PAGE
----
Lately the Nasdaq was continuing to struggle, down 15 1/2, or 0.3%, to 4567. It earlier traded as low as 4455.10. Yesterday's losses left the Composite down more than 9% from
Friday's record, less than a percentage point short of a 10% correction.
Semiconductors were losing ground. The
Philadelphia Stock Exchange Semiconductor Index
fell 1.8%, with
plummeting 30 3/4, or 7.2%, to 391 1/4.
Elsewhere in techland,
The Street.com Internet Sector
index lost 22, or 1.9%, to 1173.
was bouncing back from the losses it sustained yesterday, after
Tuesday-night report of a possible merger with
. The auction giant was also in recovery mode.
leapt 41, or 3%, to 1433 1/2, while the small-cap
slipped a fraction to just under 559.
Breadth on the NYSE was positive on moderately heavy volume.
New York Stock Exchange:
2,234 advancers, 696 decliners, 923 million shares. 37 new 52-week highs, 33 new lows.
Nasdaq Stock Market:
1,829 advancers, 2,272 decliners, 1.2 billion shares. 45 new highs, 77 new lows.
For a look at stocks in the midsession news, see Midday Movers, published separately.
Herb on TheStreet: More Antics at Action Performance
3/16/00 6:30 AM ET
The last we
, its stock was battered after a series of financial missteps and financial management sidesteps.
Now this: Yesterday the company issued a press release saying that
Prez Herb (whatta name!) Baum was joining Action's board. Just one question: Why did they announce it yesterday when, according to Action's March 1 proxy, Baum has been on the board since Feb. 1. (Gotta watch these guys!)
The buzz on the boards, prior to this announcement, had been that Hasbro is likely to buy Action, which owns the license to Hasbro's Winner's Circle die-cast metal race cars. Action's stock, which was 7 3/4 as recently as three weeks ago, closed yesterday at 11 15/16. The press release with Baum's appointment didn't hurt the rumor mill.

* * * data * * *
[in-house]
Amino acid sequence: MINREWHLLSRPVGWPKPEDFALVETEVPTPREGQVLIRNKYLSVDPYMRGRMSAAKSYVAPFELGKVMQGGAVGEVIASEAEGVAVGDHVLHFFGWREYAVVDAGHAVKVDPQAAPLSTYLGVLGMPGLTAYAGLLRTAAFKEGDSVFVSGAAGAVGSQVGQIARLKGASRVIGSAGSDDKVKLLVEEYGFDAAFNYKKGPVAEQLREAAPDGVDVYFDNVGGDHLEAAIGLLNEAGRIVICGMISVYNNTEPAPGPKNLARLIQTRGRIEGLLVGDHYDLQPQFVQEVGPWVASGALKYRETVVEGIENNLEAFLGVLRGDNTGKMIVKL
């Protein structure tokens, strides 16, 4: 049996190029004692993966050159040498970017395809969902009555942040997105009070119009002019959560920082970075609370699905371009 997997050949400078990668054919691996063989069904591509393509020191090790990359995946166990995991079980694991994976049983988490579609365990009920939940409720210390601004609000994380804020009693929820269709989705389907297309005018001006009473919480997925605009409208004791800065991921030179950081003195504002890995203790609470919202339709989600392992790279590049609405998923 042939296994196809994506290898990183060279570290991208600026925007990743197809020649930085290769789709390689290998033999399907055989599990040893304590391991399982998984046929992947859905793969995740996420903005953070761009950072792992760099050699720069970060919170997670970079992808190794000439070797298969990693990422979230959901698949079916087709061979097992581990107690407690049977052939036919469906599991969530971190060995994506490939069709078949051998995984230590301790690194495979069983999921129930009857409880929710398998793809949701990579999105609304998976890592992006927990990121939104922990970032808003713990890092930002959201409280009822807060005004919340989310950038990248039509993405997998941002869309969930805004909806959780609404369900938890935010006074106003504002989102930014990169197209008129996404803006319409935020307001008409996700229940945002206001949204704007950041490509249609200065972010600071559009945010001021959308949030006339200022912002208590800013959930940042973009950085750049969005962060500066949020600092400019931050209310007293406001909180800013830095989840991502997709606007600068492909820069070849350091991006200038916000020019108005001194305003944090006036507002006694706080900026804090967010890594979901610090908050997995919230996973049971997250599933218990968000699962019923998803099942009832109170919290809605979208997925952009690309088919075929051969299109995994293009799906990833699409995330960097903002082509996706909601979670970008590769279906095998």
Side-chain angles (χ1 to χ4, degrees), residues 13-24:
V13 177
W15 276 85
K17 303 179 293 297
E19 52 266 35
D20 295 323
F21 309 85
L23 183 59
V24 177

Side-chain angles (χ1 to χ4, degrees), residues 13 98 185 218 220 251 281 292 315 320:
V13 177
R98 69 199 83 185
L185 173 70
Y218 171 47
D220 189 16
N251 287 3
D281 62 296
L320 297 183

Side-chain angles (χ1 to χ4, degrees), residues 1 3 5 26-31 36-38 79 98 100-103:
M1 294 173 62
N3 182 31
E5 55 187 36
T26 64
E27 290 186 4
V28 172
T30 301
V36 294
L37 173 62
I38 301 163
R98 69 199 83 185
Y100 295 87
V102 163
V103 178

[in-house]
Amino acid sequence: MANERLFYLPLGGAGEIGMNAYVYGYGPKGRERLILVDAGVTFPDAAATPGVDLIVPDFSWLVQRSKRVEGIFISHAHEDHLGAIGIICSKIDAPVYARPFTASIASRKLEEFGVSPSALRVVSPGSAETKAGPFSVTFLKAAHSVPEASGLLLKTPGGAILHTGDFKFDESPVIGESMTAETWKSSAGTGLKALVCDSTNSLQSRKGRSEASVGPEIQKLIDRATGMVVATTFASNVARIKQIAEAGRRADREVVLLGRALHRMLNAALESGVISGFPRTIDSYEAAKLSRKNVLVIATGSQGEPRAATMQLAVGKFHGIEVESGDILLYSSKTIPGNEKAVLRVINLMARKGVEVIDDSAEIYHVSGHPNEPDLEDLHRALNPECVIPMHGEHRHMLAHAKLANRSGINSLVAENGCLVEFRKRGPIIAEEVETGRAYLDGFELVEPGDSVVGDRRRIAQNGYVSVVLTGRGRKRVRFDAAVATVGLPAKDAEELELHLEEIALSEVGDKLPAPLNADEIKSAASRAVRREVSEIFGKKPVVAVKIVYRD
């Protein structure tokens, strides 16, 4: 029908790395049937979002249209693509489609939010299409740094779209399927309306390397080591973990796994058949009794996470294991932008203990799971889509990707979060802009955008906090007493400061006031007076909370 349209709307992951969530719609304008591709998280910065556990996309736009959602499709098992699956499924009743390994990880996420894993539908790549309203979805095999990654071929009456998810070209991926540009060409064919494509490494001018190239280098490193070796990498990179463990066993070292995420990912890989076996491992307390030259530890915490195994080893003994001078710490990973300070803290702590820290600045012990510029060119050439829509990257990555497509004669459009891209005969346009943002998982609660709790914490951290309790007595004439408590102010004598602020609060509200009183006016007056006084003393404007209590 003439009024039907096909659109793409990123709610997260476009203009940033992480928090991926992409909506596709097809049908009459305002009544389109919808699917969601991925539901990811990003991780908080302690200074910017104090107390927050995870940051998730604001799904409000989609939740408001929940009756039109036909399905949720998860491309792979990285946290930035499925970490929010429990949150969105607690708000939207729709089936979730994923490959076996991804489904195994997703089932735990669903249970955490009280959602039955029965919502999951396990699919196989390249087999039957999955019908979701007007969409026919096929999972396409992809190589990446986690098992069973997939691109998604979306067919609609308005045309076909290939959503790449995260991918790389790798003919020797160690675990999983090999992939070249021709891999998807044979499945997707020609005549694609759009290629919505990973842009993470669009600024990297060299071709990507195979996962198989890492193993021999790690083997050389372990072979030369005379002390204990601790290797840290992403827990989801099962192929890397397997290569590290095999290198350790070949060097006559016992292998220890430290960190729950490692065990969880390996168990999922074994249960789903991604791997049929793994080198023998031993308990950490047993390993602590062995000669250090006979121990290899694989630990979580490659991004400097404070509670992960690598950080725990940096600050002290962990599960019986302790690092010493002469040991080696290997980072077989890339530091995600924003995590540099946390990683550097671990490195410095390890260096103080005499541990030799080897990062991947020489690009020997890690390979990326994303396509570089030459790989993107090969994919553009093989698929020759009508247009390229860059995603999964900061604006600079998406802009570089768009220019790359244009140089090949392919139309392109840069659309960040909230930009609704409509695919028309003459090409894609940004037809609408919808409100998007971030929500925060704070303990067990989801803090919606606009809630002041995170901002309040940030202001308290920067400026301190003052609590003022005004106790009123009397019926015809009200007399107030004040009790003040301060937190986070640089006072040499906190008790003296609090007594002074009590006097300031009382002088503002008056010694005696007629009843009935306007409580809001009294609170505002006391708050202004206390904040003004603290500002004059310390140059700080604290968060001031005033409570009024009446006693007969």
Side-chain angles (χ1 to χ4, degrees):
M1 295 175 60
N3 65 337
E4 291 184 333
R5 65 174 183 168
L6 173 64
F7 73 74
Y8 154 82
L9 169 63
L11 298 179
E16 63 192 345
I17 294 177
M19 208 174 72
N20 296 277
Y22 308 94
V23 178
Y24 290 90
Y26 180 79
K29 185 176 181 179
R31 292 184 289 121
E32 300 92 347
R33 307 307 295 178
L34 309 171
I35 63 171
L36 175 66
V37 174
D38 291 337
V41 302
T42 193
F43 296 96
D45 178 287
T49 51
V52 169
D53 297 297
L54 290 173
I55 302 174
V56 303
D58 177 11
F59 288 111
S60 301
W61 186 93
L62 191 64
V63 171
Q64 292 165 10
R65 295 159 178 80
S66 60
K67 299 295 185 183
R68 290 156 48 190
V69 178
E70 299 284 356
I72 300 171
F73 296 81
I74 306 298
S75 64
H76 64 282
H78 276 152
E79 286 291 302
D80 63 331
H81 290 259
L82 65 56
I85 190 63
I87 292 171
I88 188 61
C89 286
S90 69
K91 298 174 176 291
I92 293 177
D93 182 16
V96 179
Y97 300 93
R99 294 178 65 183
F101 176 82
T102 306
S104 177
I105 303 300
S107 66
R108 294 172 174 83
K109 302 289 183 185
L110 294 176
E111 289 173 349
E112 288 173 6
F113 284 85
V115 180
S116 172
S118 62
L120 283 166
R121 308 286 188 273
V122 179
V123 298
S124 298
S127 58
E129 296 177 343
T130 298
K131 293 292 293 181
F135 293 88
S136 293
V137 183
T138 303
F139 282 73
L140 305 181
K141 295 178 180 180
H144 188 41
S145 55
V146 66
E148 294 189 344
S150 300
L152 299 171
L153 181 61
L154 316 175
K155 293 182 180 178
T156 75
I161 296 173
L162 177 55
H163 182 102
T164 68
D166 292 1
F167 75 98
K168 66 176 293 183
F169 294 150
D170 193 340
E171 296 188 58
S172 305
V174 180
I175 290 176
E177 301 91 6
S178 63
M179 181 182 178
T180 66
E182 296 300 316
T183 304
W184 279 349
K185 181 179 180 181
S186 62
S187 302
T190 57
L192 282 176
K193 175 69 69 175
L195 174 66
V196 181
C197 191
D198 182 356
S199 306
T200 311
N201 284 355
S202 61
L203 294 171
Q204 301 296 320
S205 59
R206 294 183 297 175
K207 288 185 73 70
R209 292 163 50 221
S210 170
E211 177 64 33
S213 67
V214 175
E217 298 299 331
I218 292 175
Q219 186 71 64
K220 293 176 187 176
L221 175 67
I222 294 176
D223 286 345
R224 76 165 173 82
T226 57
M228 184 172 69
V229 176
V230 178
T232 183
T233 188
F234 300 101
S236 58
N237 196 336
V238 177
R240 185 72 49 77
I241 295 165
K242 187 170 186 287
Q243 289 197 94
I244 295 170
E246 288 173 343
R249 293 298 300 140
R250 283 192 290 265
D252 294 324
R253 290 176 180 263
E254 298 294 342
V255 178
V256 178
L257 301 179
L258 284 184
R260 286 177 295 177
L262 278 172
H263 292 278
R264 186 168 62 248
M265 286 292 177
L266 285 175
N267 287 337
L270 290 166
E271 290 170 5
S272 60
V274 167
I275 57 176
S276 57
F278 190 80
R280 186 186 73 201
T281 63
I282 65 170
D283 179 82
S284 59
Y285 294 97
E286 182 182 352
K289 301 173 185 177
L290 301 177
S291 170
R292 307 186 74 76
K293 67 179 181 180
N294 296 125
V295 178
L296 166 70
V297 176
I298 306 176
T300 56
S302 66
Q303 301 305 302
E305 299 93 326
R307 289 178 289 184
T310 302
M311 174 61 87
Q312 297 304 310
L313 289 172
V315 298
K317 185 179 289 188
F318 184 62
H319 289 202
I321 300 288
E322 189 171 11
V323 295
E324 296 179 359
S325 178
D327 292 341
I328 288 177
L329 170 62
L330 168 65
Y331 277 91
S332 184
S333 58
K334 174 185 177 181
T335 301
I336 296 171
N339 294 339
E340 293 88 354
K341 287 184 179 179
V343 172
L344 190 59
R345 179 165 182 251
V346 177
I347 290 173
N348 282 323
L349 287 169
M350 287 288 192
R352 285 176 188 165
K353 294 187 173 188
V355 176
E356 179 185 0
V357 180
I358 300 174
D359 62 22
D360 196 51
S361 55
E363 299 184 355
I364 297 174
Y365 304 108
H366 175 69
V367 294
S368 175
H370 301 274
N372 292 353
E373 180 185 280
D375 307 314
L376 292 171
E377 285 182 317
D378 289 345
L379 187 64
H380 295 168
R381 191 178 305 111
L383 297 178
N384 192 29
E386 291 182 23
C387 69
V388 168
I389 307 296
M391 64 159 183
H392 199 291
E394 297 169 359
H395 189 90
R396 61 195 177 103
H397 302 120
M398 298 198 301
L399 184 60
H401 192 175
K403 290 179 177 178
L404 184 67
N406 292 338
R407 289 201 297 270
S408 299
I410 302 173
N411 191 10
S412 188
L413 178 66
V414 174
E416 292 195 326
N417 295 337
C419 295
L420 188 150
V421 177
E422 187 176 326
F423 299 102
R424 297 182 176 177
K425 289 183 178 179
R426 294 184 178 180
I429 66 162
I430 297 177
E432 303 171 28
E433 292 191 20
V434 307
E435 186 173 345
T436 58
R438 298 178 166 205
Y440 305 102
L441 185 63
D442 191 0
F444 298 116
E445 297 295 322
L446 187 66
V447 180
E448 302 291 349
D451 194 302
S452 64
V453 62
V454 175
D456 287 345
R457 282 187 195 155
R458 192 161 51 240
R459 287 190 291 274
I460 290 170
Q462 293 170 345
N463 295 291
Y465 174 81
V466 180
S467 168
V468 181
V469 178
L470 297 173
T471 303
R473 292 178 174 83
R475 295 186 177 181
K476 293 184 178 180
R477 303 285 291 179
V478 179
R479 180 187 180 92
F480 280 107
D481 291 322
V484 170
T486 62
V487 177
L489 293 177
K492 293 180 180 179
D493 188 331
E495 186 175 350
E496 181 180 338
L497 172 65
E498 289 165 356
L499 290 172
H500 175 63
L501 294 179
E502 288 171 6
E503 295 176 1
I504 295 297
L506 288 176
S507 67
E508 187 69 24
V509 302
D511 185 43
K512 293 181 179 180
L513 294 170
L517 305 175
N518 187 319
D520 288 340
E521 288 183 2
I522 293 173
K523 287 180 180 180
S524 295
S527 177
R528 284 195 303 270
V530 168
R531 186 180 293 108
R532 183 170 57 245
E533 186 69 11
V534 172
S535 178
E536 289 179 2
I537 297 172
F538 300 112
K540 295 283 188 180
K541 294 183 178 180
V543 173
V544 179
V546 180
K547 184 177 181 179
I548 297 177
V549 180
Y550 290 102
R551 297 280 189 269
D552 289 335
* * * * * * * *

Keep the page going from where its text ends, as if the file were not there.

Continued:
But another explanation could be that Hasbro is looking out for its own interests. According to stats from the
U.S. Toy Manufacturer's Association
Web site, the Winner's Circle cars dropped from No. 6 to No. 19 in unit sales last year. Even worse, in terms of dollar sales, the cars ranked No. 17 in 1998 and didn't make the top 20 in 1999. (Ouch!)
And think about this: If Hasbro was going to buy Action, would it put an exec on its board?
Hasbro officials declined comment; Action didn't return our calls.
Garbage is good:
A sign of the quality (or lack thereof) of a market is the quality of the stocks that are behind its rise. (I'm actually just making that up but it sounds as good as anything else I've read.) Keeping that in mind, I went back and looked at the performance of the
Greenberg Garbage Index, formed last December. It's filled with companies whose stories, historically, have been better than their substance. Since inception, the Garbage Index is up 84%.
That's 84% in 3 months!
If you go back to the
original column, I mentioned that when
, one of the oldest names in short-selling circles, starts rising, then we're all in trouble.
Well, the biggest gainers are
-- part of the biotech bubble -- with a gain of 335% and (you guessed it) CopyTele, up 254%. (Awright, it's up to 2 31/32 from 84 cents, but it's the principle that matters! Seen the
Pulled something at the last minute!
Herb Greenberg writes daily for TheStreet.com. In keeping with TSC's editorial policy, he doesn't own or short individual stocks, though he owns stock in TheStreet.com. He also doesn't invest in hedge funds or other private investment partnerships. He welcomes your feedback at
email@example.com. Greenberg also writes a monthly column for Fortune.
Mark Martinez assisted with the reporting of this column.
Copyright 2000, TheStreet.com